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For anyone who’s been diagnosed with breast cancer—or knows someone who has—this week’s news that after 25 years, Olivia Newton-John’s breast cancer has recurred is devastating. There goes the myth that after five years you’re cured, although most of us who’ve had breast cancer know we can never use the word “cure.” The correct term is NED. No evidence of disease.

NED is like living with a landmine in your body, wondering if, and when, something will trigger it.

A few weeks ago one of my girlfriends was diagnosed with breast cancer. We belong to a small, tight-knit group of eight women who started meeting 13 years ago, the week after I was diagnosed with breast cancer. My friend must go through surgery, chemo and radiation. Statistics show one in every eight women—who live to age 85—will be diagnosed with breast cancer. I was hoping I would be that one woman in our group, but it didn’t work out that way. Now there are two of us out of eight women.

Just because you’ve made it to the age you are now doesn’t mean you’ve sidestepped breast cancer. As you age, don’t get complacent about mammograms and breast self-exams.

Cancer wasn’t a “gift,” as I once thought, but it was one of my greatest teachers. Aside from giving me an up close and personal insight into my mortality, cancer strengthened my relationship with God. It made me realize that while I’d never have the mother I wanted, I could be the daughter she needed, and it helped me prioritize the things that mattered most in life. Cancer made me more compassionate. It made me cry over something as simple as an apple pie, and it made me determined to live my life out loud, preferably with music.

Since none of us know how the rest of our years will unfold, regardless of whether you’ve been diagnosed with anything more serious than the flu, please promise yourself you will:

  • Eat pie
  • Postpone death by living
  • Extend a hand to someone else
  • Dance whether anyone’s looking or not
  • Put yourself out there in ways that make you uncomfortable
  • Get to know God

My girlfriend already does these things better than most anyone I know. I suspect Olivia Newton-John does as well. They’re both in my prayers and the prayers of those who love them.

Oh yes! Number seven… Grab life by the handfuls, and don’t worry about being neat. Life is messy!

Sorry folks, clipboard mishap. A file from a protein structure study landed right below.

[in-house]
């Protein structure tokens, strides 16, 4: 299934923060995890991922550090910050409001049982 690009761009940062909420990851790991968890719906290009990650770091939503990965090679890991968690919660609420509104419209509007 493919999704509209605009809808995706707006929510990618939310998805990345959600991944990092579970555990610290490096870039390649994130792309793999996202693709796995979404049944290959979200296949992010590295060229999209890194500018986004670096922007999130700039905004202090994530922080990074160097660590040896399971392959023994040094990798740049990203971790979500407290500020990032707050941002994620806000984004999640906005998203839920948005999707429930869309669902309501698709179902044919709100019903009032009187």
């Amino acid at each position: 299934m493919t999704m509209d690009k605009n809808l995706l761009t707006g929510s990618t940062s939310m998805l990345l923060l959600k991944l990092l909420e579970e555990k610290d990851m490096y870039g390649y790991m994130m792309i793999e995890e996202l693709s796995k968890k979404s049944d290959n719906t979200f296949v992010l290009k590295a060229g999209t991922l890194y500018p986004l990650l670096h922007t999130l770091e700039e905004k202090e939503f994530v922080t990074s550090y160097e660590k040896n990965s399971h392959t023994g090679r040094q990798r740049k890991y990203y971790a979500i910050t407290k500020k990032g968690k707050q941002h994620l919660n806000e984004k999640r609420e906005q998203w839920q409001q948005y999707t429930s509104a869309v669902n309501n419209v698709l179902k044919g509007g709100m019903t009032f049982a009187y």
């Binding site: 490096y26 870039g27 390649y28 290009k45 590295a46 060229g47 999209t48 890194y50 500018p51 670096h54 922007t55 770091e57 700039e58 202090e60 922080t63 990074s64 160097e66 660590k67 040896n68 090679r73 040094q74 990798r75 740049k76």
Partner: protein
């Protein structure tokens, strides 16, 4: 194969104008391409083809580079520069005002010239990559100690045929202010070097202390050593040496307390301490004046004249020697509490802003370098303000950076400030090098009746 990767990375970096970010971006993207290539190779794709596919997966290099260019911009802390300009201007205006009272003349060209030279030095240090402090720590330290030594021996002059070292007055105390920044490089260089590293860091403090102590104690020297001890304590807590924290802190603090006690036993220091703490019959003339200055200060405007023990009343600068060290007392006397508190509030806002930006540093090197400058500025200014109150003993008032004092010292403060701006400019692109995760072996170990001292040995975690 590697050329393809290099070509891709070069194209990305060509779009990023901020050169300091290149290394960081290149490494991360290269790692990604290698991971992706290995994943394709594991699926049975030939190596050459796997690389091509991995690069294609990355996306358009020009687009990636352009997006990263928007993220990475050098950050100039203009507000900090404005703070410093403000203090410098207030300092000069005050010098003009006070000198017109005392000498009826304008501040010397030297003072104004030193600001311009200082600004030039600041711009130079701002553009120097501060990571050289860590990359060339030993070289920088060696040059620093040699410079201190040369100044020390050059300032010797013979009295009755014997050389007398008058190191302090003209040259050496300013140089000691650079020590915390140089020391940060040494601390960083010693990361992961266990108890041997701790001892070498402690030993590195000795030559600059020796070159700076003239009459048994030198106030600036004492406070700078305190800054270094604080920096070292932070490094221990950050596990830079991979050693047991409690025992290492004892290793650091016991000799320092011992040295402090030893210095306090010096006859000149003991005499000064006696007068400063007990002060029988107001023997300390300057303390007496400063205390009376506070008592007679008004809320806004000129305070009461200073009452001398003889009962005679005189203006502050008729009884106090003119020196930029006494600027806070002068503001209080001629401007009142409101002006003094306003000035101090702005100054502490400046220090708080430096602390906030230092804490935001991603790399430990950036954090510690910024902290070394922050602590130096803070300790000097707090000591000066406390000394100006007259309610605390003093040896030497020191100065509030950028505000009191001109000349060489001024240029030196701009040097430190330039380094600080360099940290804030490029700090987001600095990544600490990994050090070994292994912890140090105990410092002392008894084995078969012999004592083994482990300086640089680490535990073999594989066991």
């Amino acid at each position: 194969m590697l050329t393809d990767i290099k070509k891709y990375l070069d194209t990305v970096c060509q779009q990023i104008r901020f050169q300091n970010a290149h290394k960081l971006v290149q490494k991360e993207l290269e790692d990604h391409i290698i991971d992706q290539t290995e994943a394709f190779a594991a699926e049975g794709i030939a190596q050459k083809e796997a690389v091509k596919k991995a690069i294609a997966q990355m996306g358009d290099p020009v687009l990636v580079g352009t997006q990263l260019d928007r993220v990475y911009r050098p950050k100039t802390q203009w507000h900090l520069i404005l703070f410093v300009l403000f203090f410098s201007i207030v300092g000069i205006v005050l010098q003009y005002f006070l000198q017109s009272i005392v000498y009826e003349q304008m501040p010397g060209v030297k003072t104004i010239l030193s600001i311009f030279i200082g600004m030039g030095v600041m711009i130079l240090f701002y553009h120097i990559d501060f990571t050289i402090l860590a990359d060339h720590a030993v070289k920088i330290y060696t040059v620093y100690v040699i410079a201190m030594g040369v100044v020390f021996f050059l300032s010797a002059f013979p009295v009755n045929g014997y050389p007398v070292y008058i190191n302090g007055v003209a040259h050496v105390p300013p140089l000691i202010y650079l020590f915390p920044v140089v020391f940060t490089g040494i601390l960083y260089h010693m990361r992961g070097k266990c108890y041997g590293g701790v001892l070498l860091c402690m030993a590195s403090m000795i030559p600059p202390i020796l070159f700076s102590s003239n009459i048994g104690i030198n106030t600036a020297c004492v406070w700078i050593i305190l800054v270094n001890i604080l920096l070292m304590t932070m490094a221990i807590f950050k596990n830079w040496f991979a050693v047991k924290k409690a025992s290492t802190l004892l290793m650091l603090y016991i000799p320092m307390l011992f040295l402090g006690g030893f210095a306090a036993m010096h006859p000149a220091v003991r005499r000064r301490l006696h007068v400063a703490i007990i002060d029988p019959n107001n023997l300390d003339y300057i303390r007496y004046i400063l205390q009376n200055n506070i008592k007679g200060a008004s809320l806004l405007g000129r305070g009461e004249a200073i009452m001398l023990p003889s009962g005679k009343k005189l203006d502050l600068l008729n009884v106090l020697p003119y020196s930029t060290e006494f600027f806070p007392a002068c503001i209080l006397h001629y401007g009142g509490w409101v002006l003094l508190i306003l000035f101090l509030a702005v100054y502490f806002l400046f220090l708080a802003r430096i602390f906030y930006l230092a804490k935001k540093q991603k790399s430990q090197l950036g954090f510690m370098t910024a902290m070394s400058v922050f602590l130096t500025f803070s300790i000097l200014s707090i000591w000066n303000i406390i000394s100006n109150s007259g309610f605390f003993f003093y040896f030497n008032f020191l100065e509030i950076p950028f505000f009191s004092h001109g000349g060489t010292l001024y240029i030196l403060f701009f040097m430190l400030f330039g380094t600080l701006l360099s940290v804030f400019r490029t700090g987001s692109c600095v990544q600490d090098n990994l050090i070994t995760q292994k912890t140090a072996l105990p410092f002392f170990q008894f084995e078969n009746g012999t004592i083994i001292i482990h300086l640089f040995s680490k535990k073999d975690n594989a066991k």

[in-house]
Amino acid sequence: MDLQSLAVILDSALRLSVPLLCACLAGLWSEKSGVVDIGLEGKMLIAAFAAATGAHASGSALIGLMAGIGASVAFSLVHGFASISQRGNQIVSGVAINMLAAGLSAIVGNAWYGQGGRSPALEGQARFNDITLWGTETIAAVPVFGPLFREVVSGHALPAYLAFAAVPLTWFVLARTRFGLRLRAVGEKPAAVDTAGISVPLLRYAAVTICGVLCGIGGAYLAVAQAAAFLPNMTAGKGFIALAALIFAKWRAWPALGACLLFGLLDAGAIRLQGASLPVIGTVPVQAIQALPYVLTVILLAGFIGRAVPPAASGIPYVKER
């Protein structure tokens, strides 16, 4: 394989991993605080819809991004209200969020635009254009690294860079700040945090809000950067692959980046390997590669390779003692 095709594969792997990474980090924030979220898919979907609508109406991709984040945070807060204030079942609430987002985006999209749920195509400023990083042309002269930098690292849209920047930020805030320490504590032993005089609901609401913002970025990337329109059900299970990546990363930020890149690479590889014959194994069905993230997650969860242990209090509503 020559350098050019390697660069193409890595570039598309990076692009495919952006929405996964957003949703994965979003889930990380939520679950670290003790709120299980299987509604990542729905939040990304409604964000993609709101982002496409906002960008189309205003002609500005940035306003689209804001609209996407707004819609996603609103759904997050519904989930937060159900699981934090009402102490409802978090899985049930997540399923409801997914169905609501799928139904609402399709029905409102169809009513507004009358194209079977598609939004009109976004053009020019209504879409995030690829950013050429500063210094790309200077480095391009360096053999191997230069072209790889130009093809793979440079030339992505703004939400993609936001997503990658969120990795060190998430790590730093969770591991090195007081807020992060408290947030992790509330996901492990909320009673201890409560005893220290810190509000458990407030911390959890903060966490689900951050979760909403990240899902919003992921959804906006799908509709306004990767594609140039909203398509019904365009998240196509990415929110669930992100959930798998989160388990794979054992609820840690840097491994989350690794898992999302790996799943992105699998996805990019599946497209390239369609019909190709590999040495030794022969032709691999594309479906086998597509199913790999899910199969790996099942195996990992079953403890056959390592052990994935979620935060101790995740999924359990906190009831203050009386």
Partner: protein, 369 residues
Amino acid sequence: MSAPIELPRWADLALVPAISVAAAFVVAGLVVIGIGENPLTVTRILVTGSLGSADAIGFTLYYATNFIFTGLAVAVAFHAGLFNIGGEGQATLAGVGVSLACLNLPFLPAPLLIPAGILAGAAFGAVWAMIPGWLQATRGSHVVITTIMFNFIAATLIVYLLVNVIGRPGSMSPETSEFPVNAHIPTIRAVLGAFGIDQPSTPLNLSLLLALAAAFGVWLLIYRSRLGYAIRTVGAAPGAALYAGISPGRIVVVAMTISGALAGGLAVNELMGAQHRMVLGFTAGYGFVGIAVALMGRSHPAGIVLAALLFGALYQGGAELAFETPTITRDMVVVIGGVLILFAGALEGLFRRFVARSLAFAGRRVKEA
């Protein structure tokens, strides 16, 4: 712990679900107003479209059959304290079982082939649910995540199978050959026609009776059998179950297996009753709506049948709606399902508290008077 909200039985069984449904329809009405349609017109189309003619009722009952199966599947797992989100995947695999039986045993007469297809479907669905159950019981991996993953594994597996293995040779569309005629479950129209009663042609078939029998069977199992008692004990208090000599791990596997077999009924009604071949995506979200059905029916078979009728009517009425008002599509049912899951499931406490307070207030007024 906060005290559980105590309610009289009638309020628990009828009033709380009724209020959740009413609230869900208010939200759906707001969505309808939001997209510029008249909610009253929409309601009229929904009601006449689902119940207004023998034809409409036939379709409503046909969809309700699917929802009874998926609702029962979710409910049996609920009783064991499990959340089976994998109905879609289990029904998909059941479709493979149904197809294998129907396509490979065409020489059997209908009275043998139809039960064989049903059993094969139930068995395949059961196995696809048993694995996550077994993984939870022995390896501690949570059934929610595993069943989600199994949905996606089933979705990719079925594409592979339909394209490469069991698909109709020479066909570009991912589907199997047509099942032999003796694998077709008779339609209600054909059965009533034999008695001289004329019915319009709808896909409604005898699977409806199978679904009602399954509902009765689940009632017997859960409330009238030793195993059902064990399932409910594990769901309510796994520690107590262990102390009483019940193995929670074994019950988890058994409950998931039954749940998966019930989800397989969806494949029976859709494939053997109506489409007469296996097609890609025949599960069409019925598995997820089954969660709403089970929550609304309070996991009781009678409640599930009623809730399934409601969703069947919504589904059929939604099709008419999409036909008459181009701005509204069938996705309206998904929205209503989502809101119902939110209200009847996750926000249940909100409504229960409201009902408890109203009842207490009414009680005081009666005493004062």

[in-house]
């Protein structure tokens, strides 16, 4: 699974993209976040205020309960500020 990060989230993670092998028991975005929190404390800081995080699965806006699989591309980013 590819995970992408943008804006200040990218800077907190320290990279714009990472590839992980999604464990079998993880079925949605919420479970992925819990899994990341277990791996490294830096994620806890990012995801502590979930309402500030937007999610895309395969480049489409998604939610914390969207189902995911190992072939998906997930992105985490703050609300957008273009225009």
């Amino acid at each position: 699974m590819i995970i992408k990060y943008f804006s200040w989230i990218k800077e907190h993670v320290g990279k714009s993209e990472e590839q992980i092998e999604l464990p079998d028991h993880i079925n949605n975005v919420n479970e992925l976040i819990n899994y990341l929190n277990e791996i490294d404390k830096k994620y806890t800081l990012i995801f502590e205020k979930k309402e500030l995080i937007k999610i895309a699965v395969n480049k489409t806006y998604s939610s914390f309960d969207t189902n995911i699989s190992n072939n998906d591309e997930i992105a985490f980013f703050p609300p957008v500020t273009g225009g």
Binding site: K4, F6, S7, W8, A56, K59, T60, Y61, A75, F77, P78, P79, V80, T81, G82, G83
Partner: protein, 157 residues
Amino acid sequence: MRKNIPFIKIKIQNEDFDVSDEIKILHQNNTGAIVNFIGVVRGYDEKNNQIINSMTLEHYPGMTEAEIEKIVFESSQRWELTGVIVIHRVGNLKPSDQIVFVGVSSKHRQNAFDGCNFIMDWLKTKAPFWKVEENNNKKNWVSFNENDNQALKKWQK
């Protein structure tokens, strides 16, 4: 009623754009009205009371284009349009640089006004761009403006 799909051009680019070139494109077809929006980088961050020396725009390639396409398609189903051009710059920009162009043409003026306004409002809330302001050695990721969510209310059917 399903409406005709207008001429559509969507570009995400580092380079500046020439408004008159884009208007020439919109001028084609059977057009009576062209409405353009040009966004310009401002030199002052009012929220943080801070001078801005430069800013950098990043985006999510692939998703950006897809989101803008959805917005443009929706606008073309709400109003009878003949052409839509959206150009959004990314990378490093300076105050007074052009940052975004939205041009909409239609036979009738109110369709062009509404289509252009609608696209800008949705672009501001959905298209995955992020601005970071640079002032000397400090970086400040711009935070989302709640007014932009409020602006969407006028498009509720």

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  1. There are so many untended feelings of grief that never register, don’t make the radar. Saw the news about ONJ. Didn’t consider what it meant to others in breast cancer remission. Thank you, in grace, for sharing your sorrow & fears.

    A client, last month, mentioned something her grown daughter had done with her business. Impressed I mentioned 2 of my girlfriends that think similar. I see that thinking and don’t have it, but see it most often in men. Don’t want to be sexist, in the least, just a personal observation from my own life. Nattered all this to my client. She looked me straight in the face with big tears streaming down her face.

    Her daughter was born a boy, and much later had a sex change operation. My client, smiling thru the tears saying how she adores/loves her daughter, but so deeply grieves for the little boy she raised. After saying this the tears truly began to fall. Hugged her a long time, thanking her for opening my eyes to a grief I never realized was there. How else to know to pray, unless others share these, hidden grief’s.

    My type of ‘thinking’? Always questioning, always learning. Adoring epiphanies, and appreciating deep core sharing. Not afraid of operating on long ribbons of time, yet zero fear to pull a trigger for action. Am the weirdo who truly likes other people’s vacation pictures/stories, I may never get to their destinations, want to know, know, know all about it !

    Thank you for adding a new arrow to my quiver today. This arrow potent. Taken from your own flesh.

    Garden & Be Well, XO T

    • Tara, You’re a woman who cares deeply and isn’t afraid “to go there” with someone who needs a friendly ear, and you’re right… How can we know how to help unless we know the backstory. Since many people aren’t comfortable with opening up, perhaps our best option is just to say a silent prayer because God knows what they need, even when they don’t know themselves. xoxox, Brenda

  2. Great post, Brenda. Your wise words will inspire anyone battling chronic illness as well as those people fighting cancer.

  3. So sorry to hear about ONJ’s cancer returning after 25 years. Damn! I kept thinking that my dear friend Gail would be the one who beat it, after 4 years of NED. But it returned with a vengeance around Thanksgiving, and all I could do was be there for her…make her laugh, watch “our show” together (The Affair), and pray, pray, pray. I was with her when she passed and it was peaceful for her. But those that loved her are left with a huge hole in our lives. Prayers for your friend, Brenda.